• with Sensations - Come down to earth and get grounded by experiencing a very intense sensation. For instance, hold ice in your hand, squeeze a rubber ball, take hot shower, listen to loud music, snap elastic band on wrist.


  • With Imagery – Imagine relaxing scenes, imagine secret room inside yourself and see how it is decorated – go in and close the door, imagine everything going well, imagine coping well, make up a fantasy world that is calming and beautiful and let your mind go with it, imagine hurtful emotions draining out like water out of a pipe.
  • With Meaning - Find purpose or meaning in pain, read about, remember or listen to spiritual values, focus on positive aspects of situation and repeat them over and over, make lemonade out of lemons.
  • With Prayer - Open the heart to great wisdom, the universe or a higher power – either God or your own wise mind. Ask for strength to bear pain in the moment. Turn things over to a higher power.
  • With Relaxation – Tense and relax muscle groups starting with hands and arms going to top of head then working down, listen to relaxation tape, exercise hard, take hot bath, drink hot milk, massage neck, scalp, hands, calves, breathe deeply, half-smile, change facial expression.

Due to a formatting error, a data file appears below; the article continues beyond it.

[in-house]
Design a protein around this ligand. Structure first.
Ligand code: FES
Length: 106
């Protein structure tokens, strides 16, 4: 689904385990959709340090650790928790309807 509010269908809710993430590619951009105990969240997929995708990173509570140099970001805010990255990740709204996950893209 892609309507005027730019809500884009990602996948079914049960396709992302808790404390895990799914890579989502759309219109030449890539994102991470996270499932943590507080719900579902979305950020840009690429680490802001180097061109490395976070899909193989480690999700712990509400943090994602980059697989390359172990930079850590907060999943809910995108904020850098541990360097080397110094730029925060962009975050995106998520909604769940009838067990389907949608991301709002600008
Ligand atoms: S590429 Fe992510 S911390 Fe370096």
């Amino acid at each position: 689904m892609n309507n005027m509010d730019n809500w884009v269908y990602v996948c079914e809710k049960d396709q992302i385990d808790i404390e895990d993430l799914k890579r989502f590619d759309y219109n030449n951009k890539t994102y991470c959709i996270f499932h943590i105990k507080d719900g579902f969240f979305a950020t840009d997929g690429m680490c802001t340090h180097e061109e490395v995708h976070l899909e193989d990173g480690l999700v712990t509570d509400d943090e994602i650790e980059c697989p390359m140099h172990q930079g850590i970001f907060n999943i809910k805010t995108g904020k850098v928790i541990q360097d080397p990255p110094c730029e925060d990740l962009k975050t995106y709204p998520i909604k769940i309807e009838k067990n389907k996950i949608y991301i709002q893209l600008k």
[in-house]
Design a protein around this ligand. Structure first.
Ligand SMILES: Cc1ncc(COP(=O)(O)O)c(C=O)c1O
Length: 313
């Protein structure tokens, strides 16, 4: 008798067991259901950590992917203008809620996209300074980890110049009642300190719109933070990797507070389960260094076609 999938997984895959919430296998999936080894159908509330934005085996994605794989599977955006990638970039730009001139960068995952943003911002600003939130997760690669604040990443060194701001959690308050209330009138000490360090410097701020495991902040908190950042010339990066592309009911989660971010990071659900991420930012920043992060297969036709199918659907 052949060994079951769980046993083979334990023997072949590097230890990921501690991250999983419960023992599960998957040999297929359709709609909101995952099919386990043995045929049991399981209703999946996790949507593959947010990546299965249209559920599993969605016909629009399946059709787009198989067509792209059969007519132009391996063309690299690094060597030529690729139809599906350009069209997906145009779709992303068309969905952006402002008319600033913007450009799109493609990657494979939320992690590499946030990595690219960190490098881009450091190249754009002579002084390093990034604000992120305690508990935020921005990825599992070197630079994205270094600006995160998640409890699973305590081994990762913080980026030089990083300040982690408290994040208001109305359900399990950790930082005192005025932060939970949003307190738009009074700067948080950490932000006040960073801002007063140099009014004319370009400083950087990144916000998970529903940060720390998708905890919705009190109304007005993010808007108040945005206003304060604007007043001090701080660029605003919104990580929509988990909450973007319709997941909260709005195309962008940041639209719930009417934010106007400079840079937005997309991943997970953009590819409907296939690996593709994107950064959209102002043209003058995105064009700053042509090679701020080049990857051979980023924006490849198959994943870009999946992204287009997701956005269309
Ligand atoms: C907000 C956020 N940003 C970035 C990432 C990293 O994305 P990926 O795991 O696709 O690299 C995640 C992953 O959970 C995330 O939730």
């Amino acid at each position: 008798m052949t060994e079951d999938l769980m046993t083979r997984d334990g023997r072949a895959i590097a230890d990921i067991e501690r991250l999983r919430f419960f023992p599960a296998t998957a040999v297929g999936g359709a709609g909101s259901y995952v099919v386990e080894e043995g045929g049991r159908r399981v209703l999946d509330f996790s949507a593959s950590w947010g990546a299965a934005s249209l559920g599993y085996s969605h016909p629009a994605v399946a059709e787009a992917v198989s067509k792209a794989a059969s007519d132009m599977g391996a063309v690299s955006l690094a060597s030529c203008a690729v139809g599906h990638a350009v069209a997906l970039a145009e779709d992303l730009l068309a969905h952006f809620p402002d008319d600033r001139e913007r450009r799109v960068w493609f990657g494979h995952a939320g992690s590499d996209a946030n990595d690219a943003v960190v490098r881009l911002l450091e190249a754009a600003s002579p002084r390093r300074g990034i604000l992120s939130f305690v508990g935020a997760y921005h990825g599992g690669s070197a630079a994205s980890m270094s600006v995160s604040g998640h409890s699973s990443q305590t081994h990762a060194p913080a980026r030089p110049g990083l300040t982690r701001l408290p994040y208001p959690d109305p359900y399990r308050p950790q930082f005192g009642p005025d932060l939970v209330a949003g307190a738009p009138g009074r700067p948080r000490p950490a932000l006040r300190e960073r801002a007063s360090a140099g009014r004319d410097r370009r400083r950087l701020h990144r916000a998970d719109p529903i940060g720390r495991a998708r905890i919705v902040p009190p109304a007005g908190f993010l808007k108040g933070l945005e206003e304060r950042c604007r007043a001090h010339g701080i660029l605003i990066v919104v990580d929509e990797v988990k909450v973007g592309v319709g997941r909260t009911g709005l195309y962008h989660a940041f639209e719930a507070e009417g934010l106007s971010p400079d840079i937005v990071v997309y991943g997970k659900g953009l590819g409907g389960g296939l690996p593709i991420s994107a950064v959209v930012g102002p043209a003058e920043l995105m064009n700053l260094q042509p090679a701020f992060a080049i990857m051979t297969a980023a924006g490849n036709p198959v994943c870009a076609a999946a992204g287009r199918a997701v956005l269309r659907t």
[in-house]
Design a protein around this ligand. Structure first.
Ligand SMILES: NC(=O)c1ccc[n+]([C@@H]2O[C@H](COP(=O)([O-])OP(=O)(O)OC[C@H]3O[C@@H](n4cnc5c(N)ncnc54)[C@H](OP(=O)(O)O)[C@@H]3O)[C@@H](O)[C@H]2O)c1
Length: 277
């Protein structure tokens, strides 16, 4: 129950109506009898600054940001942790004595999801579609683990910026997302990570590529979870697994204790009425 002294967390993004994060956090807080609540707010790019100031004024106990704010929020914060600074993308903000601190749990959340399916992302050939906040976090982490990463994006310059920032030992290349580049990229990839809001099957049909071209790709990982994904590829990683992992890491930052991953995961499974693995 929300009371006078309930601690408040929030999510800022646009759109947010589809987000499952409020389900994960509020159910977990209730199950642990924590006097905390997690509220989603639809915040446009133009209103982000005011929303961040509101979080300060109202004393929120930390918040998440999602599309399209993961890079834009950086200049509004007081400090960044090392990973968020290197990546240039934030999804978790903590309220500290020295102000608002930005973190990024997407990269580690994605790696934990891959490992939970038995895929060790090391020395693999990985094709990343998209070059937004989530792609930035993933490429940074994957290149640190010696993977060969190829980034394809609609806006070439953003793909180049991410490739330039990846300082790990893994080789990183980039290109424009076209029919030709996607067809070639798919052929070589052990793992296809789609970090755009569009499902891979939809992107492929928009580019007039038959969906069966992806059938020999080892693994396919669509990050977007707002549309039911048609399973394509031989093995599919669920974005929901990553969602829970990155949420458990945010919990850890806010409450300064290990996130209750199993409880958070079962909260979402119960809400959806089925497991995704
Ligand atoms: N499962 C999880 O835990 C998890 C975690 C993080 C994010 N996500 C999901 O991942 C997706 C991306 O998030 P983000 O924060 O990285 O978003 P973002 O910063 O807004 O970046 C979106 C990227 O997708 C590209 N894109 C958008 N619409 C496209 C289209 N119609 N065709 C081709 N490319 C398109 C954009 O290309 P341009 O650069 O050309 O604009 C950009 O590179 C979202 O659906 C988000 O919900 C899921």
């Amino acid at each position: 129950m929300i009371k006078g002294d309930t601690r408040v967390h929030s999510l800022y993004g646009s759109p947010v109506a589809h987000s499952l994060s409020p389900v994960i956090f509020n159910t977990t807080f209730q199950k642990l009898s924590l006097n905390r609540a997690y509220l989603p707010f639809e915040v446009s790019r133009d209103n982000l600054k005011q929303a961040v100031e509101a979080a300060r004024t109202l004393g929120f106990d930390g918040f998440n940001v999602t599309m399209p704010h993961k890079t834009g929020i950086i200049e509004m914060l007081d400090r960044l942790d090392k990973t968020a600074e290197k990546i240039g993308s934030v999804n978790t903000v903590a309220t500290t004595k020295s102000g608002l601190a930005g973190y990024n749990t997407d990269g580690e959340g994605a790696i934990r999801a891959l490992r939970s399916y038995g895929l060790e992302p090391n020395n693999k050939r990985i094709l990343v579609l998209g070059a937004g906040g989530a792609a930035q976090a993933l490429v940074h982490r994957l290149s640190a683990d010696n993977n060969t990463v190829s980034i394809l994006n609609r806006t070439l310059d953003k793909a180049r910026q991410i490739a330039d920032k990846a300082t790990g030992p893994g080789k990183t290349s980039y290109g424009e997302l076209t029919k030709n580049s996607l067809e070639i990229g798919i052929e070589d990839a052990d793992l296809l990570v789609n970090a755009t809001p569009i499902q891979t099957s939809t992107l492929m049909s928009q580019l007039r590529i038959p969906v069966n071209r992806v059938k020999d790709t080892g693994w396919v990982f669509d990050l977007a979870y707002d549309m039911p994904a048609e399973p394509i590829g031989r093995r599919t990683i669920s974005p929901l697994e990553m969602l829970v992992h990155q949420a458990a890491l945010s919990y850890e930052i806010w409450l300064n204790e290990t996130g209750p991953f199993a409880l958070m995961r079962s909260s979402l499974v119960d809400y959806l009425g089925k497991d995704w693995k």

• With One Thing in the Moment – Focus entire attention on what you are doing right now, keep in the very moment you are in, stay in the present, focus entire attention on physical sensations that accompany tasks that require little thinking, such as walking, doing dishes, playing sports, cleaning, be aware of how body moves, do awareness exercises.
  • With a brief Vacation - Go to bed for 20 minutes, pull up covers, lie around with magazine or newspaper, get in bed and eat chocolates while reading, unplug the phone, take one hour break from things that must be done.
  • With Encouragement – Cheerlead yourself: “I can stand it!”; “It won’t last forever”; “I will make it out of this”; “I’m doing the best I can!”

SELF - SOOTHING -  with the 5 senses

  • Vision – Look at flowers, light a candle and watch the flame, go out and watch stars, look at beautiful pictures, be mindful of all sights- not lingering on any.
  • Hearing – Listen to beautiful, soothing, or exciting music, listen to sounds of nature, sing, hum, play instrument, call 800 numbers to hear human voice – be mindful of sounds, letting them go in one ear and out the other.